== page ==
For any really private communications , i suggest using the good old dial up with a phone modem and super strong encryption in a direct client to client session. Wanna send Joe a file ? Encrypt the shit out of it , use dial up between computers .That will leave a trace in the telco system but the content will be gone. The rest .. it's too late to do anything about it . The web is dead as far as personal secure comms are concerned. Noone in it's right mind will ever feel safe and free from spying or hacking. Back to microdots glued at the back of a stamp ? That or millions marching on our Capitals and throwing out the governments for they are the Enemy of the People. That seems like a way better alternative , but replace them with what ? More of the same politicians that are stabbing us in the back ?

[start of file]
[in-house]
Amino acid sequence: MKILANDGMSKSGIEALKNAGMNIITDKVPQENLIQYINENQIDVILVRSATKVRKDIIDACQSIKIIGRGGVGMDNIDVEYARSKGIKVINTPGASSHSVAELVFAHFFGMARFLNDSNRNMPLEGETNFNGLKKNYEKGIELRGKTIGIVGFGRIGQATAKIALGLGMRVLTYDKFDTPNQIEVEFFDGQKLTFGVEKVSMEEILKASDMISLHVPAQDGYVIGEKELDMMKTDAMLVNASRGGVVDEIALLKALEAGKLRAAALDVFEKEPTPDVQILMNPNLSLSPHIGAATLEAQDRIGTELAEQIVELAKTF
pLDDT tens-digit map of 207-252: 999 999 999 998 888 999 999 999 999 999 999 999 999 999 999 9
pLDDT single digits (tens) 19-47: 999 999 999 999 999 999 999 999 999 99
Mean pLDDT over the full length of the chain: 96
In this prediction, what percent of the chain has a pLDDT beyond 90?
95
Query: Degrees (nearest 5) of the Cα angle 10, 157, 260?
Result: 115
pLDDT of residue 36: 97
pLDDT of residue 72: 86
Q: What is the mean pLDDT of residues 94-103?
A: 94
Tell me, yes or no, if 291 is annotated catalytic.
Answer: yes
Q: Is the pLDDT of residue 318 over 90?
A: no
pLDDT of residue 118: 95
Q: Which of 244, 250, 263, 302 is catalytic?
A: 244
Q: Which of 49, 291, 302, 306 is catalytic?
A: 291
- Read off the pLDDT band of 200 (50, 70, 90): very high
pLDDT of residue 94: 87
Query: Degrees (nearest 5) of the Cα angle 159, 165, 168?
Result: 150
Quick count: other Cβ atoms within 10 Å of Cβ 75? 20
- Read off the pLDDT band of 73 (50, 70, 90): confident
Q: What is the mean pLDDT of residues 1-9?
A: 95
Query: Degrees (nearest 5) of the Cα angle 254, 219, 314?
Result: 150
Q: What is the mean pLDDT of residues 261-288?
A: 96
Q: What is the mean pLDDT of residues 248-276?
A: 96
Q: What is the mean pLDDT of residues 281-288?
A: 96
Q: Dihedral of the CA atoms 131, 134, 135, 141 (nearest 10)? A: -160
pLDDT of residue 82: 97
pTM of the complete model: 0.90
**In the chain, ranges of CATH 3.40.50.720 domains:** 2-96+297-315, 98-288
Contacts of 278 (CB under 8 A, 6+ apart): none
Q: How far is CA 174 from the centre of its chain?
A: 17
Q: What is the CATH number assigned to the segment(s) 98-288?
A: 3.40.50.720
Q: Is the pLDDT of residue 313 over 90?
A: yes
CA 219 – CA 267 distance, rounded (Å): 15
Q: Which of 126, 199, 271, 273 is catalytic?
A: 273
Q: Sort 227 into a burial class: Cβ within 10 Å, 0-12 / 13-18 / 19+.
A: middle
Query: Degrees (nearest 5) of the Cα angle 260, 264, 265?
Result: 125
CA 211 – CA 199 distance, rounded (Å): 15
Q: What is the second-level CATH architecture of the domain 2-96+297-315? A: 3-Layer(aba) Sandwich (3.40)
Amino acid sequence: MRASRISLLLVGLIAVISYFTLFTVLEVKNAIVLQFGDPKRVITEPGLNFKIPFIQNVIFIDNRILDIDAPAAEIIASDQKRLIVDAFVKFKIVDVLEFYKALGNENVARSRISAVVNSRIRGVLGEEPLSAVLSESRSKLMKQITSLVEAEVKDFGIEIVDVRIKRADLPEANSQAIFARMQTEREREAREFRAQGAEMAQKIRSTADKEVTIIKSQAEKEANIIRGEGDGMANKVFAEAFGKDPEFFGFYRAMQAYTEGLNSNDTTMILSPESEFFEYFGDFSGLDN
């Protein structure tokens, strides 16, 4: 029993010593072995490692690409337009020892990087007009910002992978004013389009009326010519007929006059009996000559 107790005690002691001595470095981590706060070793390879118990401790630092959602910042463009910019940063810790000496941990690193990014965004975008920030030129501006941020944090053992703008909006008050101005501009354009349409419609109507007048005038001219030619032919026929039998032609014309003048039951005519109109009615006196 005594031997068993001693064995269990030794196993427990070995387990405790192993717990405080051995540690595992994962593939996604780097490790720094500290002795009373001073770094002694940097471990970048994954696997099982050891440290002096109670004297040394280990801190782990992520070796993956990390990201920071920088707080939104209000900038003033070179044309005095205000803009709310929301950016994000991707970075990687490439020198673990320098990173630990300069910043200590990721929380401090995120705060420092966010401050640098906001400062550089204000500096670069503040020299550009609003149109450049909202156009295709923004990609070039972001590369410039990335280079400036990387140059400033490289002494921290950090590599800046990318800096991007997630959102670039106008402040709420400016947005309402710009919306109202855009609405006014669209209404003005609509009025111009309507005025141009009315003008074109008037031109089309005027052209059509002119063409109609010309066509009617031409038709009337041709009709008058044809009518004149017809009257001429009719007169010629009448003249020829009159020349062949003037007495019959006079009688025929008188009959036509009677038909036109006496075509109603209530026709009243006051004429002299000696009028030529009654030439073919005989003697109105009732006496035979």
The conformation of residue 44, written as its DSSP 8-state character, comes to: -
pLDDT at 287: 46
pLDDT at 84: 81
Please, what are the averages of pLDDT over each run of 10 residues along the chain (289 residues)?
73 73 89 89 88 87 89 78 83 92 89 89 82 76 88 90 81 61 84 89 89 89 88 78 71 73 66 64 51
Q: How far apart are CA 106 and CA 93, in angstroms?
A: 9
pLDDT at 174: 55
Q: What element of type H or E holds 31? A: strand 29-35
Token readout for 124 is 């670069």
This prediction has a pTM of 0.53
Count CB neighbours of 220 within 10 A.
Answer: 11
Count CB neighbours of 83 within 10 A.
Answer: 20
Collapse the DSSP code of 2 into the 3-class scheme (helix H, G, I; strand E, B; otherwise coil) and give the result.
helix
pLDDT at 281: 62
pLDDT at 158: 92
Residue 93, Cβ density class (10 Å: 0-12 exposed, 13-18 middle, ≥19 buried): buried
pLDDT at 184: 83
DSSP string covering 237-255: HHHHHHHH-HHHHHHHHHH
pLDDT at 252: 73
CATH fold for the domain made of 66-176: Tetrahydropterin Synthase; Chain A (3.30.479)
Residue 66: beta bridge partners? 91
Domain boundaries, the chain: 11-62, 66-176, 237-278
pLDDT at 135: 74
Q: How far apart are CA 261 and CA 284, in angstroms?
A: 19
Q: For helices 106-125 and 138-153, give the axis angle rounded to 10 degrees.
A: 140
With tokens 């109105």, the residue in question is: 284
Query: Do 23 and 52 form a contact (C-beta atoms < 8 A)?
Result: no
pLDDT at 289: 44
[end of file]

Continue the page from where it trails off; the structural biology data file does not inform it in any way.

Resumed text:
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Re: My apologies to everyone I thought was a paranoid fool.

Use security software with links to the shadier end of the Russian government ?

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Re: You don' t have rights

"The root cause is the Zionist establishment monopoly defense contracting business"

You are Adolf Hitler and I claim my Godwin award

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Mushroom

la-la-land

'Zionist establishment monopoly defense contracting business'? Really? Boeing are Zionists? Grumman are Zionists? Colt are Zionists? Bofors are Zionists? BAE are Zionists? Are you sure about this? Bofors in particular has a well-earned rep of selling to anyone who can pay; in 1939-45 they supplied, directly or by license, weapons to:

The British Empire and Commonwealth

The French Republic

The Third Reich

The Union of Soviet Socialist Republics

The Empire of Japan

The Kingdom of Italy

The United States of America

The United States of Mexico

The United States of Brazil

The Republic of China

The Republic of the Philippines